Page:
High Performance Liquid Chromatography (HPLC)

In HPLC the separation mechanism is based on different adsorption characteristics of a given substance on a solid/stationary phase. In normal-phase HPLC (NP-HPLC) a polar stationary phase (e.g. silica) in combination with a non-aqueous nonpolar mobile phase is used for samples soluble in organic solvents, so that the substances elute depending on their polar interactions (such as hydrogen bonds or dipole interactions).
In contrast, samples soluble in aqueous solvents are separated on a non-polar stationary phase (containing e.g. alkyl chains) where the elution depends on the hydrophobic interactions of the sample. This type of HPLC is called reversed-phase HPLC (RP-HPLC).
To enhance the separation, a gradient elution is often used, meaning that the solvent composition does not remain constant (isocratic) during the measurement.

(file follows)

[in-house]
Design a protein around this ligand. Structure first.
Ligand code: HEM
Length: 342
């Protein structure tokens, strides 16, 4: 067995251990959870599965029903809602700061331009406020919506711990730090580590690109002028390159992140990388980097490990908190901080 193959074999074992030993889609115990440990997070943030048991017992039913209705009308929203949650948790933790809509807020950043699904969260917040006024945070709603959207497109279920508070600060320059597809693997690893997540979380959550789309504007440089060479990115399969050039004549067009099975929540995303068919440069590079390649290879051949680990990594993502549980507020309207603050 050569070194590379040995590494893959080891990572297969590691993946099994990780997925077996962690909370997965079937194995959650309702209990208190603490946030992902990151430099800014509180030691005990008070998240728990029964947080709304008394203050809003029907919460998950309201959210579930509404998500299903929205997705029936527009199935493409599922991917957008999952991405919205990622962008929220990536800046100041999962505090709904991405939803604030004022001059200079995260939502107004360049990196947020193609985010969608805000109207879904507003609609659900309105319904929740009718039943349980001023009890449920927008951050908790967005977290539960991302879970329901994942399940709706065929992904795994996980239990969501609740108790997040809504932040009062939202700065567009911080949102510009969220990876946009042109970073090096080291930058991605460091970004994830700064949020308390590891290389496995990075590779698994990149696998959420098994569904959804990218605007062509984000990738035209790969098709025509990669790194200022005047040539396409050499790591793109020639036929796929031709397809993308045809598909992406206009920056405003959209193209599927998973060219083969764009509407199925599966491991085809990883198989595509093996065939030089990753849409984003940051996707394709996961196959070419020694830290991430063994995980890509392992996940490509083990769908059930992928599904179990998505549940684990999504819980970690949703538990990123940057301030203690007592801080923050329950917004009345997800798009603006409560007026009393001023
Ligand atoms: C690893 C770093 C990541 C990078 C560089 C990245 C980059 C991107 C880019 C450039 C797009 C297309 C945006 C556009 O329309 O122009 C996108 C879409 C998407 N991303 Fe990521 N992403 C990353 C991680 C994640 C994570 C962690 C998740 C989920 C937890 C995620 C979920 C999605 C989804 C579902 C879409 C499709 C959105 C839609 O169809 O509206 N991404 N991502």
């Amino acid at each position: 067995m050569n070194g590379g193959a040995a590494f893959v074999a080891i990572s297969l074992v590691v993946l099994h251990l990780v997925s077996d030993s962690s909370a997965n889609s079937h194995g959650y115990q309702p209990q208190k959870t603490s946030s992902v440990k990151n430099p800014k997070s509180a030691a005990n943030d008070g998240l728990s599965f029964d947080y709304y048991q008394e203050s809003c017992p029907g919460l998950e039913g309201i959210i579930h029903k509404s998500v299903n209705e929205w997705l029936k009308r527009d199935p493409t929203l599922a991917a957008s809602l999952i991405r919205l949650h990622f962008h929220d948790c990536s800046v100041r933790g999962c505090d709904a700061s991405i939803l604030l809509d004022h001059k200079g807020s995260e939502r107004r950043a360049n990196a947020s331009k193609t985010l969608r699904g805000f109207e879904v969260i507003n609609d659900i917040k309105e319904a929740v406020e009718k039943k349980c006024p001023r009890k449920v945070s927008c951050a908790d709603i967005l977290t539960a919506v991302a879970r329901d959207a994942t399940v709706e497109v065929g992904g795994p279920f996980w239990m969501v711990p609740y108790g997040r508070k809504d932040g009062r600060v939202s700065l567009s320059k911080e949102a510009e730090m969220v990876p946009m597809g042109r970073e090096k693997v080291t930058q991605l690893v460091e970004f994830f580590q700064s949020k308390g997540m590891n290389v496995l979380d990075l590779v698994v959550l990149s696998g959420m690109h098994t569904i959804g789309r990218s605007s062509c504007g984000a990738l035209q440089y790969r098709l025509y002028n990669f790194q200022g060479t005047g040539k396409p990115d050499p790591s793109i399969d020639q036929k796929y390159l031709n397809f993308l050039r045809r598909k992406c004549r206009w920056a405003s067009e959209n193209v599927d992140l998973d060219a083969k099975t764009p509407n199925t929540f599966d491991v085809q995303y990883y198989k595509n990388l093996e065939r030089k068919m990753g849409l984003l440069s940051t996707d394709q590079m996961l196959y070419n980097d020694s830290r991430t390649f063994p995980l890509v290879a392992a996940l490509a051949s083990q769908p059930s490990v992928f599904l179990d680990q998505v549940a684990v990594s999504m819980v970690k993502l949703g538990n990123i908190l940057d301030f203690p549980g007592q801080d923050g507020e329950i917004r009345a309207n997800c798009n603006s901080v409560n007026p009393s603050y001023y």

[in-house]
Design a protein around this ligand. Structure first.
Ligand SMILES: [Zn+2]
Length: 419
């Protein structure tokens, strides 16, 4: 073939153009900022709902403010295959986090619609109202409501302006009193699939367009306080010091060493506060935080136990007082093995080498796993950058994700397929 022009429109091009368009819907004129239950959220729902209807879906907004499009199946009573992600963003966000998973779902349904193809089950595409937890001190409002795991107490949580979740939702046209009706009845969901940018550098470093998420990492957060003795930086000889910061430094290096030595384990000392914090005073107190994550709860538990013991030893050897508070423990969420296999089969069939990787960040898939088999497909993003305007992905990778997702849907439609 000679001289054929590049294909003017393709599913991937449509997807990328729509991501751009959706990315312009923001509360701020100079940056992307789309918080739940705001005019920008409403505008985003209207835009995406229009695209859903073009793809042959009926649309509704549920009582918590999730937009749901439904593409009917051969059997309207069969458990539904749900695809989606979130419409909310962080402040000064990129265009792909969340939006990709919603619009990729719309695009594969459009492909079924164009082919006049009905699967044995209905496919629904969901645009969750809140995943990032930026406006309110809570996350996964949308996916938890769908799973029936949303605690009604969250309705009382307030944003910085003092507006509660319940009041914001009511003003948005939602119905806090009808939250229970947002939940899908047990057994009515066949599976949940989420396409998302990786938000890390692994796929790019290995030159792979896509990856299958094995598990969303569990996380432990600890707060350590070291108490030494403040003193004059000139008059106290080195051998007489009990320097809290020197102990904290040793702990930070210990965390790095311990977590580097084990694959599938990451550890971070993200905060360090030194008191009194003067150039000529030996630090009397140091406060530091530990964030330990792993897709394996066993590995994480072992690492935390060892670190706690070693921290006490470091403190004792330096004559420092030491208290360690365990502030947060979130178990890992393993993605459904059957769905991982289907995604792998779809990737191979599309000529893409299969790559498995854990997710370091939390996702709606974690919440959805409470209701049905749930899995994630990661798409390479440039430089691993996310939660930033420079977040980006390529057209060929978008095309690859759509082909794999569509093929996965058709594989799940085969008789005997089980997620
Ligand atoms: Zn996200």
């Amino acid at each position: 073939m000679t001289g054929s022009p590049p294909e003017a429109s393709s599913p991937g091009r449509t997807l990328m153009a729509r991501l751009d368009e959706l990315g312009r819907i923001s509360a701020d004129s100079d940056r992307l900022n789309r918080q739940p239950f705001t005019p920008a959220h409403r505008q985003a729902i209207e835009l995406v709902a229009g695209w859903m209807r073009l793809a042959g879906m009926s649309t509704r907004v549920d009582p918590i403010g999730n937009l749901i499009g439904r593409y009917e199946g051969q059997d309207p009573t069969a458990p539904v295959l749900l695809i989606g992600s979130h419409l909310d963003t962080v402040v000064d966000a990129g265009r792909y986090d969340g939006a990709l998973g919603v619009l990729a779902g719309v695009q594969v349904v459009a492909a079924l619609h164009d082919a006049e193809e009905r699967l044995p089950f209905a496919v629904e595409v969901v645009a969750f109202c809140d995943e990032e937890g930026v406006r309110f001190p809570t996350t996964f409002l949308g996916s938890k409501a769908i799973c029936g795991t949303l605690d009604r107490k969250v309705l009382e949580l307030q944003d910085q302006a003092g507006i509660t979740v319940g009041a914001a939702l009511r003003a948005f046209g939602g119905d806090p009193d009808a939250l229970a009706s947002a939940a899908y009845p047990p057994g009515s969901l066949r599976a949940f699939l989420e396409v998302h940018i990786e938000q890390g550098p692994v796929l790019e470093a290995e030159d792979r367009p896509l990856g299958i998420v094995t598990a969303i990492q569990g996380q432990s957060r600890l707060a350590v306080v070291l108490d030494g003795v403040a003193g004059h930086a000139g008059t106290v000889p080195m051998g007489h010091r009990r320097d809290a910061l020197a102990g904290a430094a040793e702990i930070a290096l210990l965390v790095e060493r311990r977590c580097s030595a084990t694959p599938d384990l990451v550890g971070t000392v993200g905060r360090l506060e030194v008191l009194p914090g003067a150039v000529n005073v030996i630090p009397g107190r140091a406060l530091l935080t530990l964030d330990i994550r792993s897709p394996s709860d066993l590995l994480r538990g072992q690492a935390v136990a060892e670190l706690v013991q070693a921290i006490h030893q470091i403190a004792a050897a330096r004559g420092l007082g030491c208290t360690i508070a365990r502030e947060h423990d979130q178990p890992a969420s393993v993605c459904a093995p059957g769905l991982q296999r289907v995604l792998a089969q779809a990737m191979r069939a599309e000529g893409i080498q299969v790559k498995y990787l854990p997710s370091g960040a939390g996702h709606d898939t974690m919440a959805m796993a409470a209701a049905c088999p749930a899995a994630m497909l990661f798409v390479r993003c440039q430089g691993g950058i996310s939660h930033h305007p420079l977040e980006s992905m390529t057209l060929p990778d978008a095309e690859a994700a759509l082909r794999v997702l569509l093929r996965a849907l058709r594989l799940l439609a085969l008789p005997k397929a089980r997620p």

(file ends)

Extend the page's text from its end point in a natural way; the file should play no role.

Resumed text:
Possible applications:

- purity of substances

- separation of oligomer mixtures

- confirmation of reaction conversion

- monitoring of reaction kinetics

...and much more


C. H. Lochmüller, C. Jiang, Q. Liu, V. Antonucci, M. Elomaa
High-Performance Liquid Chromatography od Polymers: Retention Mechanisms and Recent Advantages
Critical Reviews in Analytical Chemistry, 1996, 26, 29-59
F. E. Regnier
High-performance liquid chromatography of biopolymers
Science, 1983, 222, 245-252
V. R. Meyer
High performance liquid chromatography
John Wiley & Sons, Chichester, 2010

Contact:   Beate Müller
Phone: 06131-379-225      
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